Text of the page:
Much of the crime is indiscriminate, with criminals generally selecting victims based on the appearance of vulnerability, prosperity, or inattentiveness. While U.S. citizens not involved in criminal activities may not be specifically targeted, innocent bystanders are at risk from the increased violence on the streets of border cities and nearby towns.
Violent crime (kidnappings, extortions, homicides, sexual assaults, robberies, residential break-ins) and non-violent crimes (financial scams, vehicle thefts, and petty drug crimes) continue to be serious concerns for those living or transiting Tamaulipas.
Theft of vehicle car sound systems is a common crime. The installation of a car alarm is strongly advised, as precaution to deter vehicle thefts and thefts of interior contents.
U.S. citizens should be cautious when using ATMs in Mexico. Cloning or counterfeiting debit/credit cards occurs routinely. Travelers are encouraged to plan their cash needs in advance, using only reputable ATMs in secure areas. Card “skimming” and double-charging are common types of electronic fraud. Use credit cards only when you are able to maintain physical control of the card; never let it be taken away by an employee. Travelers are advised to check their account activity online at least weekly to detect fraudulent charges early. It is advised that visitors on day trips use ATMs or exchange currency in the U.S. prior to crossing into Mexico. For more information, please review OSAC’s Report, “The Overseas Traveler’s Guide to ATM Skimmers & Fraud.”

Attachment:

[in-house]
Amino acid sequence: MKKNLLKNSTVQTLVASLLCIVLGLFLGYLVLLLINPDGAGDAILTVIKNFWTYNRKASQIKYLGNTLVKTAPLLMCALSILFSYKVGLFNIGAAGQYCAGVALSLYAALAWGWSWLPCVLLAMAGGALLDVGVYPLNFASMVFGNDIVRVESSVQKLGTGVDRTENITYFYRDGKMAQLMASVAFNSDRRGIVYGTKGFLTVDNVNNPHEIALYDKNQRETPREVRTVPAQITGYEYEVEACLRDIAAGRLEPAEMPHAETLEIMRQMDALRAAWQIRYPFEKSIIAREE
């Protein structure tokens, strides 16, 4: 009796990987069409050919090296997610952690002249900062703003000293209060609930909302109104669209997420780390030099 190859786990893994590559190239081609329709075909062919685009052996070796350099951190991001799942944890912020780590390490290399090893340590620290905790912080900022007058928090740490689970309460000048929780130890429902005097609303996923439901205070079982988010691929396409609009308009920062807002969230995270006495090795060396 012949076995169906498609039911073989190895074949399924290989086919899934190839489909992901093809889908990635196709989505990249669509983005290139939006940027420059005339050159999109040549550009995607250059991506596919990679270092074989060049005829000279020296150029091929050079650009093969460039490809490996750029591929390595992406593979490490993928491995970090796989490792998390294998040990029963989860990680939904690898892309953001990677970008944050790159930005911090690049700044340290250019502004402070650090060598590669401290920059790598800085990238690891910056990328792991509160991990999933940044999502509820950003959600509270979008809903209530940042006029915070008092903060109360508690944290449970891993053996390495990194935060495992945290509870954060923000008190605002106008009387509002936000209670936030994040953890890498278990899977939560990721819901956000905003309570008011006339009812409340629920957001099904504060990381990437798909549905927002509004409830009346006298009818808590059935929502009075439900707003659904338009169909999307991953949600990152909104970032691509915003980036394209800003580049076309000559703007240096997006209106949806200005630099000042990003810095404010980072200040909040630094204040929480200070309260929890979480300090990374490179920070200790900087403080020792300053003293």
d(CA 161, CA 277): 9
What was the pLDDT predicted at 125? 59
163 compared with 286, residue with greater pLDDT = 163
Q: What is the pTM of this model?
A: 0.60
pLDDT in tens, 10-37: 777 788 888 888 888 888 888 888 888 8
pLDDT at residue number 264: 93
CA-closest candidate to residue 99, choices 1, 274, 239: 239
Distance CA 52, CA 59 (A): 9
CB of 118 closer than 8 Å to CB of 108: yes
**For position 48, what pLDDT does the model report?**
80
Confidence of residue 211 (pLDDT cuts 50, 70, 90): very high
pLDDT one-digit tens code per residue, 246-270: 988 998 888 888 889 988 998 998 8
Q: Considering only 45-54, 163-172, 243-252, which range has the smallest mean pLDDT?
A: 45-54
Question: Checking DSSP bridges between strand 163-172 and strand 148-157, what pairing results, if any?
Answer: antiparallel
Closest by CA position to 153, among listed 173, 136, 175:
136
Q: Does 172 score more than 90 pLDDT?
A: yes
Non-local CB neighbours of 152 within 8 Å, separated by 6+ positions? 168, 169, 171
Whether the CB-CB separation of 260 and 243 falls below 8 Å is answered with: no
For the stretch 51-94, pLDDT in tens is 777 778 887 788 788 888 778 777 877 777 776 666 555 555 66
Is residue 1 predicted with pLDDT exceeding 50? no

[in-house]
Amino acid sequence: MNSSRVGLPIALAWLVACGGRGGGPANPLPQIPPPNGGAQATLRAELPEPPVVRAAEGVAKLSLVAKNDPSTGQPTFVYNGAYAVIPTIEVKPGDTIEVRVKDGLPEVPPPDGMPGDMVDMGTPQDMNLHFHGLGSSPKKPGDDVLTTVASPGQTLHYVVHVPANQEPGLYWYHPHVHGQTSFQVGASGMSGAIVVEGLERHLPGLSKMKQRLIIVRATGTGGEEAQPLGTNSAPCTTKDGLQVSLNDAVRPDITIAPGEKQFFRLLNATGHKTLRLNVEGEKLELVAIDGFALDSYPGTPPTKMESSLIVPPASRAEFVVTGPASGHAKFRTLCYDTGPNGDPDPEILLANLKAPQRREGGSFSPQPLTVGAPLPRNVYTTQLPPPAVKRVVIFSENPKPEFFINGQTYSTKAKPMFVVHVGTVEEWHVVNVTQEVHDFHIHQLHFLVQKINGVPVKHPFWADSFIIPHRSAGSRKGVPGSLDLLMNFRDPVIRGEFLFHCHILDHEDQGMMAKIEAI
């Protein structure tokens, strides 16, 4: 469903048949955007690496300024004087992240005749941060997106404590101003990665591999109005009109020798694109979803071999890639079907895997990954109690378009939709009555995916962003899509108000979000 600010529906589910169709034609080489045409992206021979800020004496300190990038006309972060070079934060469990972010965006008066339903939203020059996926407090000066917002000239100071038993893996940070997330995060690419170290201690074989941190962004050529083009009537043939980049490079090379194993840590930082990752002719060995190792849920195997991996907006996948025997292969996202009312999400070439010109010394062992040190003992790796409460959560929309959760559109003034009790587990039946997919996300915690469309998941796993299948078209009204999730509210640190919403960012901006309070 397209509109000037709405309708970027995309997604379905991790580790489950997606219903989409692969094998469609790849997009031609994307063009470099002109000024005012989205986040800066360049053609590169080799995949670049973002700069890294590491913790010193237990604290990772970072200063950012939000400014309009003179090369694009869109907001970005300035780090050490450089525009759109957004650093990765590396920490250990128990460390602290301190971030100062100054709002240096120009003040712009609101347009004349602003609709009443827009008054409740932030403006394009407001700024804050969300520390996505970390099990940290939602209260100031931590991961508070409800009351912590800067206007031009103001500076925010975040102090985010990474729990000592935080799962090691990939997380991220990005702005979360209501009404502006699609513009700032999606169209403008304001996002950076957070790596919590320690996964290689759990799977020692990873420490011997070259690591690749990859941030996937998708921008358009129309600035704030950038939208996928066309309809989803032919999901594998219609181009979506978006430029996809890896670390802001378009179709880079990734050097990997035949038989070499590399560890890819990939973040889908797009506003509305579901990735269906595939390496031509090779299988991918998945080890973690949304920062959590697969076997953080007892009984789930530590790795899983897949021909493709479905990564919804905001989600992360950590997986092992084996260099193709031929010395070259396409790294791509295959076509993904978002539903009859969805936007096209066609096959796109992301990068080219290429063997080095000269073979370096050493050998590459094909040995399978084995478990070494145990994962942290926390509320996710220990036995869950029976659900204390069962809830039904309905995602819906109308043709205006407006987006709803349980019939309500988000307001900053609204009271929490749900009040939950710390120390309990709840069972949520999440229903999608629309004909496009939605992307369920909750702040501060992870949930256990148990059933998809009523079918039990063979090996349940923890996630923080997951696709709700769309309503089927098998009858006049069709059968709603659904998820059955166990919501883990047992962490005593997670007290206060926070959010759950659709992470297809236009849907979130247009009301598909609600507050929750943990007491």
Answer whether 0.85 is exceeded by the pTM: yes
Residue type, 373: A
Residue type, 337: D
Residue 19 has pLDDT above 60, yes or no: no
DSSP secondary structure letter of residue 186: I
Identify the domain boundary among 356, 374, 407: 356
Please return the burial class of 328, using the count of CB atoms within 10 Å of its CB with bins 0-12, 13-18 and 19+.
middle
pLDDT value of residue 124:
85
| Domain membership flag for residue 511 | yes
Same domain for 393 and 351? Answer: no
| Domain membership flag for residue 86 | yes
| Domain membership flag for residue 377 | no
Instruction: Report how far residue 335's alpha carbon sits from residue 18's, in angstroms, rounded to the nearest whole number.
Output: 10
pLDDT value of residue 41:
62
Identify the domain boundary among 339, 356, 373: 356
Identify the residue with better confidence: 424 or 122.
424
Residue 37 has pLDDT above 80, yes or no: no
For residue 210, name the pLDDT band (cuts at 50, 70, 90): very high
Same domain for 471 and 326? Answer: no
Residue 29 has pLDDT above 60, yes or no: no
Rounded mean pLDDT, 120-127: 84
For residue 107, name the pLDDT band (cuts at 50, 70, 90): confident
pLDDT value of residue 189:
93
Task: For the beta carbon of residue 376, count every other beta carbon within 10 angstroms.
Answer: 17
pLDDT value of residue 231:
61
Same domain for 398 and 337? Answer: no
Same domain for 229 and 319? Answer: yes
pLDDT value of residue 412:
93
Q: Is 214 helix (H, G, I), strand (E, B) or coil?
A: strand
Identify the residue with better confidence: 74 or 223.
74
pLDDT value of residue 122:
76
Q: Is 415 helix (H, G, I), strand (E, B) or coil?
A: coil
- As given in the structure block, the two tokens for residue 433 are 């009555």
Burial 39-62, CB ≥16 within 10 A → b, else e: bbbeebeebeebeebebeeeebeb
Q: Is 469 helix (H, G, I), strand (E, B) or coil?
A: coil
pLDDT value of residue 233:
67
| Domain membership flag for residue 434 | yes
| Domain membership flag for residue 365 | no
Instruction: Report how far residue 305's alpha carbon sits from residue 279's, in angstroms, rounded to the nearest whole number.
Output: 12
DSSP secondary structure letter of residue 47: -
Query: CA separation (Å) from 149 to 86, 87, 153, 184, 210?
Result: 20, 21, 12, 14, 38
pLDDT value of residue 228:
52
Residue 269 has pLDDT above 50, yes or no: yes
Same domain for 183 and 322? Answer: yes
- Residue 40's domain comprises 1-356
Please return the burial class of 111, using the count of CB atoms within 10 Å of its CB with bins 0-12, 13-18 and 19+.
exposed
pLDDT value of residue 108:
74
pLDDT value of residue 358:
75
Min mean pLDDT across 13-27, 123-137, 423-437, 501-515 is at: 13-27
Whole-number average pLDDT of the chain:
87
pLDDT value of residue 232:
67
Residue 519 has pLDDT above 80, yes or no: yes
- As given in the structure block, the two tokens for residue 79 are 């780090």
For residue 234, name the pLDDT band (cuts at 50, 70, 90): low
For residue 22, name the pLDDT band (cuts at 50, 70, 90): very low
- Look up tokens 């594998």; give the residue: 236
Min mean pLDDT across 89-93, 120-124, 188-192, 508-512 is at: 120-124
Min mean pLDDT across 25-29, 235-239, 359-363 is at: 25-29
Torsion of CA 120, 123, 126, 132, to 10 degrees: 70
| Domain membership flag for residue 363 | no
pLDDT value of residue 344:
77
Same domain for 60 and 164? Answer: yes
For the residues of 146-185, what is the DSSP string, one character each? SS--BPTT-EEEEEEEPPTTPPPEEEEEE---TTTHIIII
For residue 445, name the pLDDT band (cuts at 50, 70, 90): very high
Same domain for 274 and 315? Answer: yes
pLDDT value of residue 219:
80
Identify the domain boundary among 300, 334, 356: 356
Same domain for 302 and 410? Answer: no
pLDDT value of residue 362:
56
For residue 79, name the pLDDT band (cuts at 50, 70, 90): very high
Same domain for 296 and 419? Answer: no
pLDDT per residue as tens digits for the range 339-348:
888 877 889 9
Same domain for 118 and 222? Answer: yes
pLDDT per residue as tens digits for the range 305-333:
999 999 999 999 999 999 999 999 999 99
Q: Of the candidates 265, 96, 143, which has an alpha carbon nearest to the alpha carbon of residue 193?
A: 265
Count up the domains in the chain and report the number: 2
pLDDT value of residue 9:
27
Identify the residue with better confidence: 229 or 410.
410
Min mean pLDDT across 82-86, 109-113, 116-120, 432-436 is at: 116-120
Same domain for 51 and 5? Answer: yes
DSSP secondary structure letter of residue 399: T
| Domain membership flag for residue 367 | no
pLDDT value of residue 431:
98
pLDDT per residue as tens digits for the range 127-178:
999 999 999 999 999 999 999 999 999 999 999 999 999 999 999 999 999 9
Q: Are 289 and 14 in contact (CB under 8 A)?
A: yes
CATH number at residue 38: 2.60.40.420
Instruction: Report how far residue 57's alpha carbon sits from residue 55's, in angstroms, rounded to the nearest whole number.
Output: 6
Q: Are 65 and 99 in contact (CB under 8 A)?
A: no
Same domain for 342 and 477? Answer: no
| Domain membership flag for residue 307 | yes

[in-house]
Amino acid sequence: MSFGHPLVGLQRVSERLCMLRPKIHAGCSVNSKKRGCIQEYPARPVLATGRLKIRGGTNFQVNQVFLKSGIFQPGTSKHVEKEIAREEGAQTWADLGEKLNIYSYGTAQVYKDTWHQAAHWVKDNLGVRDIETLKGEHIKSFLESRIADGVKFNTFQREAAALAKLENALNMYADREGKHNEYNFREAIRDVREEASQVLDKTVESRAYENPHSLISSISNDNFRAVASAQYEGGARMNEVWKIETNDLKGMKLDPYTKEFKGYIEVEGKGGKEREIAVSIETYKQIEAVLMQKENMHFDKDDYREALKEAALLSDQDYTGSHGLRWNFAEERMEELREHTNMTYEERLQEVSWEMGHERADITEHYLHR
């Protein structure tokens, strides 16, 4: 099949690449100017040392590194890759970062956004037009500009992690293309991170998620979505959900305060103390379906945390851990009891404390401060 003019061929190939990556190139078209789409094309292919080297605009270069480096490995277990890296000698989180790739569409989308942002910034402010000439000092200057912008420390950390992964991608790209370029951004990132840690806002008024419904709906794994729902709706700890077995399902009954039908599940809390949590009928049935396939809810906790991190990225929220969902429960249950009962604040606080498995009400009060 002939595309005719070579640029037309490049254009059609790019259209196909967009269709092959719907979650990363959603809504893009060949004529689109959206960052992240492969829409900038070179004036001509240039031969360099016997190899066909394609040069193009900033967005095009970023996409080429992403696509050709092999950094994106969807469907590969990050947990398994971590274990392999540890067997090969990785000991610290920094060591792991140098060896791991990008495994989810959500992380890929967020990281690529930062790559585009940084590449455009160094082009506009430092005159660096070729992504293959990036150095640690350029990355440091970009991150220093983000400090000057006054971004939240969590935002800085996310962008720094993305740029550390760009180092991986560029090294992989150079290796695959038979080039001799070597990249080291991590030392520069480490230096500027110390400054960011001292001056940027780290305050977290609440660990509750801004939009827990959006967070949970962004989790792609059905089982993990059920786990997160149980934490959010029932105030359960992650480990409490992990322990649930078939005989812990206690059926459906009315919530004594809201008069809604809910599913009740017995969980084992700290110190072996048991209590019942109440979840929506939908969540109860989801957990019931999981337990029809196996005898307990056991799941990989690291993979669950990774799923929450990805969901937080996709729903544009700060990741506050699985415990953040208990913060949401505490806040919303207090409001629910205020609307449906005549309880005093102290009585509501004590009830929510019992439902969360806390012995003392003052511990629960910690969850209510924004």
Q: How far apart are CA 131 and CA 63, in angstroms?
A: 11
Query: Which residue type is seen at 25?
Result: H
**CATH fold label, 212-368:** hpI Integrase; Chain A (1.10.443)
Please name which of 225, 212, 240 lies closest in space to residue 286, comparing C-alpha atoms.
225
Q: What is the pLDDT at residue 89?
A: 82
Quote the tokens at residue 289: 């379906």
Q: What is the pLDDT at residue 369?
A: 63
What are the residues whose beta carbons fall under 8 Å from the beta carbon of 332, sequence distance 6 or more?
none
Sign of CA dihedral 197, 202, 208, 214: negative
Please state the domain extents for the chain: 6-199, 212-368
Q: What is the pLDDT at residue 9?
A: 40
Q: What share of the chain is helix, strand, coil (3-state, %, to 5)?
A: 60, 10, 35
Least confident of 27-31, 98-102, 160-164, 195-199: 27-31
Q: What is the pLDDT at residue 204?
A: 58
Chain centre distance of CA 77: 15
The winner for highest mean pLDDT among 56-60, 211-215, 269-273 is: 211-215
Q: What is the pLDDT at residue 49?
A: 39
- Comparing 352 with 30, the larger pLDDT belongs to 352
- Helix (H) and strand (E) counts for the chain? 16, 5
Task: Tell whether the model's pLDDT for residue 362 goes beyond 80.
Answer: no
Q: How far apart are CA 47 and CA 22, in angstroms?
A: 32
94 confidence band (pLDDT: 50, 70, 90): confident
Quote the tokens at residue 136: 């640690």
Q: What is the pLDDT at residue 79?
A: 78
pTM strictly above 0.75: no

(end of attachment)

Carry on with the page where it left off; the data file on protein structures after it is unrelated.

Other Areas of Concern
The Department of State Travel Advisory for Mexico specifically urges U.S. citizens not to travel to the state of Tamaulipas due to crime. Violent crime, such as murder, armed robbery, carjacking, kidnapping, extortion, and sexual assault, is common. Gang activity, including gun battles, is widespread. Armed criminal groups target public and private passenger buses traveling through the state, often taking passengers hostage and demanding ransom payments. Local law enforcement has limited capability to respond to violence in many parts of the state. If travel cannot be deferred, travelers should exercise extreme caution.